“It Took Twenty Lives To Get Us To This Place.”
Says Border Civil Rights Advocate About CBP Announcement On Use of Force Policies
In the wake of a federal report released last week, U.S. Customs and Border Protection announced Wednesday new measures to address a trend of lethal beatings and shootings by Border Patrol agents in the last three years. Civil rights advocates were encouraged by the announcement but said the agency still has a long way to go to institute real change.
U.S. CBP said it will give agents more non-lethal weapons options, better training in use of force tactics and conduct better tracking of excessive force complaints. The agency also said it will begin a pilot program to install mounted video cameras in patrol cars and provide lapel cameras for agents.
Since 2010, at least 20 people have been killed by U.S. Border Patrol agents, which spurred Congressional leaders to request a review last year of the agency’s use of force policies. Besides a report released last week by the Department of Homeland Security Office of Inspector General, U.S. Customs and Border Protection also underwent an internal review as well as an independent external review by the nonprofit Police Executive Research Forum.
In the DHS OIG report, reviewers noted that many agents and officers in the field “do not understand use of force and the extent to which they may or may not use force.”
In a press statement Wednesday, U.S. Customs and Border Protection clarified its use of force policy. “CBP agents and officers may use deadly force only when the agent or officer has a reasonable belief that the subject of such force poses an imminent danger of death or serious physical injury to the agent, officer or to another person.”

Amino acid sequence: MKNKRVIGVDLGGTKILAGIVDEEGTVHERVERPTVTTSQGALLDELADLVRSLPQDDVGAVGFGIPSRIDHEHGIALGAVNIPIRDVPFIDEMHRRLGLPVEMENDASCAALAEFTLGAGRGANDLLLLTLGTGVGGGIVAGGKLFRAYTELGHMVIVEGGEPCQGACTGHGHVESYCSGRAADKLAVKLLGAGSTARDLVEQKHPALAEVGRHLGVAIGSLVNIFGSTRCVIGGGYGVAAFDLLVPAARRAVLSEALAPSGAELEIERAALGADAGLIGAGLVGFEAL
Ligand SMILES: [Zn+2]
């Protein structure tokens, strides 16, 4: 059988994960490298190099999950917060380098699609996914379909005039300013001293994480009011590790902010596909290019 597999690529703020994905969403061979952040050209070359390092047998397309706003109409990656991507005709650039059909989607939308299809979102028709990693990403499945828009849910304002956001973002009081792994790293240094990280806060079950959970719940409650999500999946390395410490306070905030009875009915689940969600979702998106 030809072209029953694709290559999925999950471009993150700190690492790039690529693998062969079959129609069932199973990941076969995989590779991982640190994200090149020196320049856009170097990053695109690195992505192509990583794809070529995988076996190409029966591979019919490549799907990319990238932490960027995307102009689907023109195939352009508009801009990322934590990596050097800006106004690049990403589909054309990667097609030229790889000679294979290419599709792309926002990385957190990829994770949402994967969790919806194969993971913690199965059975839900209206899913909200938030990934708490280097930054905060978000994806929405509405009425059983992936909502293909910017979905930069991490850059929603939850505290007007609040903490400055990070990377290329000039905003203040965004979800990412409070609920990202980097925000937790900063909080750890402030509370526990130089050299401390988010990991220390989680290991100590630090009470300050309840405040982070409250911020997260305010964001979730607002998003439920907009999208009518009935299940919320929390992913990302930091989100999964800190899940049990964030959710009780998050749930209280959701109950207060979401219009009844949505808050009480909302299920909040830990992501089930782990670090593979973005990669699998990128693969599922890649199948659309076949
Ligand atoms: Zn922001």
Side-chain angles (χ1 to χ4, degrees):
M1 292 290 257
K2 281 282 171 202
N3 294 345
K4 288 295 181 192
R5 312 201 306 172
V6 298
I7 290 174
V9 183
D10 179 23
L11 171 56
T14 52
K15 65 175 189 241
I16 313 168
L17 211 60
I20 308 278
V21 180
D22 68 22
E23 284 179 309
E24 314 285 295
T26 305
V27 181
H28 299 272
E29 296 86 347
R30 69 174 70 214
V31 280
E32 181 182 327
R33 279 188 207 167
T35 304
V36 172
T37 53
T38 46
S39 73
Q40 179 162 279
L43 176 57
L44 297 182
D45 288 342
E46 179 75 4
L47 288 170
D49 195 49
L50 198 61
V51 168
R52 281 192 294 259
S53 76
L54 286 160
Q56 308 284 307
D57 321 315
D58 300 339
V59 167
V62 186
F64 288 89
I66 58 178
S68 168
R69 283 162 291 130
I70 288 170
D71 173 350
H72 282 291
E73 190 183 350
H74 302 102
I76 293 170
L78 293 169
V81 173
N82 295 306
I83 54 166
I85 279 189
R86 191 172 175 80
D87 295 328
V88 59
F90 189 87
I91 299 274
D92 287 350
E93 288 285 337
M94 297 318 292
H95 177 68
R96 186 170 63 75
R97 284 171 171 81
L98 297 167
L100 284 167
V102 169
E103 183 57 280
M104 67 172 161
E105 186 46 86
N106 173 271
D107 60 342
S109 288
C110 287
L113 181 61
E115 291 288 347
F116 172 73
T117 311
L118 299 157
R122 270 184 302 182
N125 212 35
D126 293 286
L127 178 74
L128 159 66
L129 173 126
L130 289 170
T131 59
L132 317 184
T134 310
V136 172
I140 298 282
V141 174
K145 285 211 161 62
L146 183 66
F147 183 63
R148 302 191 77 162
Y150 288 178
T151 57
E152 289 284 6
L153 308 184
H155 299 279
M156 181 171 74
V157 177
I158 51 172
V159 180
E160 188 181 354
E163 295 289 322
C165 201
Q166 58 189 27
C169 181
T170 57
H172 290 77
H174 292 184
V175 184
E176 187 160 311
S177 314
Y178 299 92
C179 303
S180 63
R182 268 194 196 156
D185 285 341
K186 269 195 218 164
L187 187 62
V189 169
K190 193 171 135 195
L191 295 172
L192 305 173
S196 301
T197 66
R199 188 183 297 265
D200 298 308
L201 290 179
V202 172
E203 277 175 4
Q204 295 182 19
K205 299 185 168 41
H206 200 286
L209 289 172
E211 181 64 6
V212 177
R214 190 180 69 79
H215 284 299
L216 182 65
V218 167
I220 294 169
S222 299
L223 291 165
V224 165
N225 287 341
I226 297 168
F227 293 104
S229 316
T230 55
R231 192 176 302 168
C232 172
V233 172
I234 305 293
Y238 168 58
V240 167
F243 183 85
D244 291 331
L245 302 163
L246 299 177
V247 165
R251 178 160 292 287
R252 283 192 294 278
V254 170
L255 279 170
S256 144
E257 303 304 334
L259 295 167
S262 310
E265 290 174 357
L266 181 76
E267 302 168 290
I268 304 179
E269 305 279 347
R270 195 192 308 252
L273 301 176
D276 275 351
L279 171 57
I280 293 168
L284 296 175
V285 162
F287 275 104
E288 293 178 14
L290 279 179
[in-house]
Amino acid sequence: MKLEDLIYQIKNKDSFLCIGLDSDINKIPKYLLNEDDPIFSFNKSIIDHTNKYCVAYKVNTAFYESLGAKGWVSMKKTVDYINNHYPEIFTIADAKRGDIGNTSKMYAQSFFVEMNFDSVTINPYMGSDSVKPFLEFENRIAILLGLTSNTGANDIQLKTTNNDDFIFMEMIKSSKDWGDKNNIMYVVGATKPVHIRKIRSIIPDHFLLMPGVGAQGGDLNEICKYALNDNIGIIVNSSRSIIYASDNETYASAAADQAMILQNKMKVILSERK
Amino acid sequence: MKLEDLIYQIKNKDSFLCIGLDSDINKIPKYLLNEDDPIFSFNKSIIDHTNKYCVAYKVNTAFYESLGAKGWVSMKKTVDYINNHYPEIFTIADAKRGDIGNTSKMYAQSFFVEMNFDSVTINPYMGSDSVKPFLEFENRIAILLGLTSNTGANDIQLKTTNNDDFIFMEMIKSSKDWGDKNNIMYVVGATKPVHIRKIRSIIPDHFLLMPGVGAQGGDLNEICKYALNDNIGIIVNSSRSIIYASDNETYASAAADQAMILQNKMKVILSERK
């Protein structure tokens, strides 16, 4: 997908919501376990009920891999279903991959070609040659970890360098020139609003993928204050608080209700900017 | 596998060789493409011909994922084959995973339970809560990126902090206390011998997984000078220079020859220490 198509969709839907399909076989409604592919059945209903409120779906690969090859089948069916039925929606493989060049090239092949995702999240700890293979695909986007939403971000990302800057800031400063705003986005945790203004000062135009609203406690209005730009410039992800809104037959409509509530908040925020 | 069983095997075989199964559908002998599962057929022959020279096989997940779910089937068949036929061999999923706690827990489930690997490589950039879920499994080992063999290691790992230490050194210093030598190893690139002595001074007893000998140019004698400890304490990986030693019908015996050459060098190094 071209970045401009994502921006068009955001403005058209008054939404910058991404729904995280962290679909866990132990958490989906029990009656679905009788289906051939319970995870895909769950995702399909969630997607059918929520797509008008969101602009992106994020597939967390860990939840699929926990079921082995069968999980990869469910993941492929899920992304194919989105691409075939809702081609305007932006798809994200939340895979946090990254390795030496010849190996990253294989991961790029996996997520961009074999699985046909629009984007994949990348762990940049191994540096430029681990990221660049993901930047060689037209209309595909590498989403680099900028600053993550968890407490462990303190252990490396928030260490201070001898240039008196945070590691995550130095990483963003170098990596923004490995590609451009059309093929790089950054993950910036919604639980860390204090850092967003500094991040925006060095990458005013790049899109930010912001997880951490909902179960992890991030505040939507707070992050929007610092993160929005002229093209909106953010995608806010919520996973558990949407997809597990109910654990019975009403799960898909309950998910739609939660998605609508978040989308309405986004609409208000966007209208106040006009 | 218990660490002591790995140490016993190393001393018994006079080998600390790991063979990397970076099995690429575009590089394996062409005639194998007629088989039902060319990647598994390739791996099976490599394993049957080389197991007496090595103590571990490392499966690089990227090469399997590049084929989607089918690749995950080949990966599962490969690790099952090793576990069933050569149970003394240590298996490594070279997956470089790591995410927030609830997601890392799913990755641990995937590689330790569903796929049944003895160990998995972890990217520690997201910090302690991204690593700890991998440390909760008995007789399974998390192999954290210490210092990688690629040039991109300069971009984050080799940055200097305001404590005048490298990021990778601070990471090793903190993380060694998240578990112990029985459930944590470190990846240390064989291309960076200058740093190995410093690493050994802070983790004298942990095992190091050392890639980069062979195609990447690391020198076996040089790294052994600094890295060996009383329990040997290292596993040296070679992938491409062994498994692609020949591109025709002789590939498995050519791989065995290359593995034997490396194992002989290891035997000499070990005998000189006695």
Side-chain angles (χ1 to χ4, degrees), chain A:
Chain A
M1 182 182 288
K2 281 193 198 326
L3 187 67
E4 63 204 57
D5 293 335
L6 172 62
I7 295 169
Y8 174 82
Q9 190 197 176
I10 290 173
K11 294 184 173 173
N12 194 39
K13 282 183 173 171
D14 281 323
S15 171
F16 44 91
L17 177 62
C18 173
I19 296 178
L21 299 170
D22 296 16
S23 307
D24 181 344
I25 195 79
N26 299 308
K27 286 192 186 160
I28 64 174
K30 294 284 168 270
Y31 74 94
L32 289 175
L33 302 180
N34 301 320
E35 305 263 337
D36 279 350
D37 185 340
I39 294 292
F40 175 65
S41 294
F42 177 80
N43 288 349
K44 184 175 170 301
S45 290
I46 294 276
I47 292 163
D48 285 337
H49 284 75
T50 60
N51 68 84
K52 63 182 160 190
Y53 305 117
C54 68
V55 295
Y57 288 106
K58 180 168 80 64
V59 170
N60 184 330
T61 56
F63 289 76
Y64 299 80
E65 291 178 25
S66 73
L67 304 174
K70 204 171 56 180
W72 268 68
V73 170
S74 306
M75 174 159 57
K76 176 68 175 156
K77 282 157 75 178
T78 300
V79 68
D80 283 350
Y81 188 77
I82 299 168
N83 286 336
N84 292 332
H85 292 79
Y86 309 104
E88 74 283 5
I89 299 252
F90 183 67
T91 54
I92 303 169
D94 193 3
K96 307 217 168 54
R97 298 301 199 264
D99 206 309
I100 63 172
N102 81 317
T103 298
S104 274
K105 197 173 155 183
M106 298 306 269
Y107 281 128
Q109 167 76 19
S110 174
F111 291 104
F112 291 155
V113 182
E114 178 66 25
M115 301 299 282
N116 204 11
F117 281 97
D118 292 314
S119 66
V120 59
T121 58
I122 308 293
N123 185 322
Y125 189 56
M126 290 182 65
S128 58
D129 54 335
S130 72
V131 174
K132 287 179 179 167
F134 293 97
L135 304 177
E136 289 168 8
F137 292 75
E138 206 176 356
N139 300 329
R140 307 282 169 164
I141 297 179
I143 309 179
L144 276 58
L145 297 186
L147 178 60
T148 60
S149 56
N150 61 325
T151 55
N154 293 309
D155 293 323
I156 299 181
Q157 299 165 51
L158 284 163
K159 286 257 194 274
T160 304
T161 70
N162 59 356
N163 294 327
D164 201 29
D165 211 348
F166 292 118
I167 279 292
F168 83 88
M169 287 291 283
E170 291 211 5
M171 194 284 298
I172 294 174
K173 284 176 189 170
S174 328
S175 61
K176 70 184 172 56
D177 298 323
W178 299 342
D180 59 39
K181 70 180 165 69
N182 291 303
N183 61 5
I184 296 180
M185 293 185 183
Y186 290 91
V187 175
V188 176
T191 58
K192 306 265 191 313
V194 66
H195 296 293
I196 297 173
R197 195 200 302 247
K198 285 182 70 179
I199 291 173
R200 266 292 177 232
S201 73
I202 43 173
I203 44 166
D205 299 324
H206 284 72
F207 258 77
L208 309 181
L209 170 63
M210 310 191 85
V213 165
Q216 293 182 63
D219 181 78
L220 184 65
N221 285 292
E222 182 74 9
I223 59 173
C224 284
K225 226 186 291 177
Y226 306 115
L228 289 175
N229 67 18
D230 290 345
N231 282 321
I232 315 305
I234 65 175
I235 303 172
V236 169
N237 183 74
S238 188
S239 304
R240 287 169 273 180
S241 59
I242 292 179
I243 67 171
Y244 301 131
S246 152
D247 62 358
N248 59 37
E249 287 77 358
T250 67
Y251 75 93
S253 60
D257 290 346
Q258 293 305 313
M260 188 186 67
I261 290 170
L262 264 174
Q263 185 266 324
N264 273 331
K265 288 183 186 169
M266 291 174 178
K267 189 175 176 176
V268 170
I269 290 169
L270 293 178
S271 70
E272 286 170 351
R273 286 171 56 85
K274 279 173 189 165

Congressional leaders requested an investigation of U.S. CBP after viewing footage aired in April 2012, during the PBS show “Need to Know “ of an unarmed and subdued man being beaten by border agents. The video shot at night on the San Diego-Tijuana border shows Anastasio Hernandez Rojas, a Mexican migrant, being tased and kicked by a group of as many as 20 U.S. Border Patrol agents on the U.S. side of the border fence. Hernandez died from his injuries.
Christian Ramirez, director of the nonprofit Southern Border Communities Coalition, said the agency’s acknowledgment that it has a problem is a good first step but that a lot more needs to be done. “It took 20 lives to get us to this place,” he said. “The agency has taken a bold first step but a whole lot of work still needs to be done not just by CBP but also by Congress to ensure that someone is at the helm of the agency to make sure these changes trickle down to the agents in the field.”
In the last five years, the agency has had four commissioners, Ramirez said, and suffered a number of corruption scandals, as well as numerous allegations of using deadly force on unarmed migrants. “We have a very serious problem when Congress continues to focus on border enforcement but there are no steps taken to make sure we have good strong leadership at CBP to change the culture of an agency that has become accustomed to abuse and a lack of transparency.”
On Wednesday, Ramirez and his organization met with the interim director of U.S. CBP, Thomas Winkowski, and White House staff to express their concerns. Ramirez said the meeting went well. “The White House is taking reform at the agency seriously and CBP is finally acknowledging that it has a problem,” he said. “We’re getting there, but it’s going to take some time. The agency needs strong, consistent leadership from the top to make real change happen.”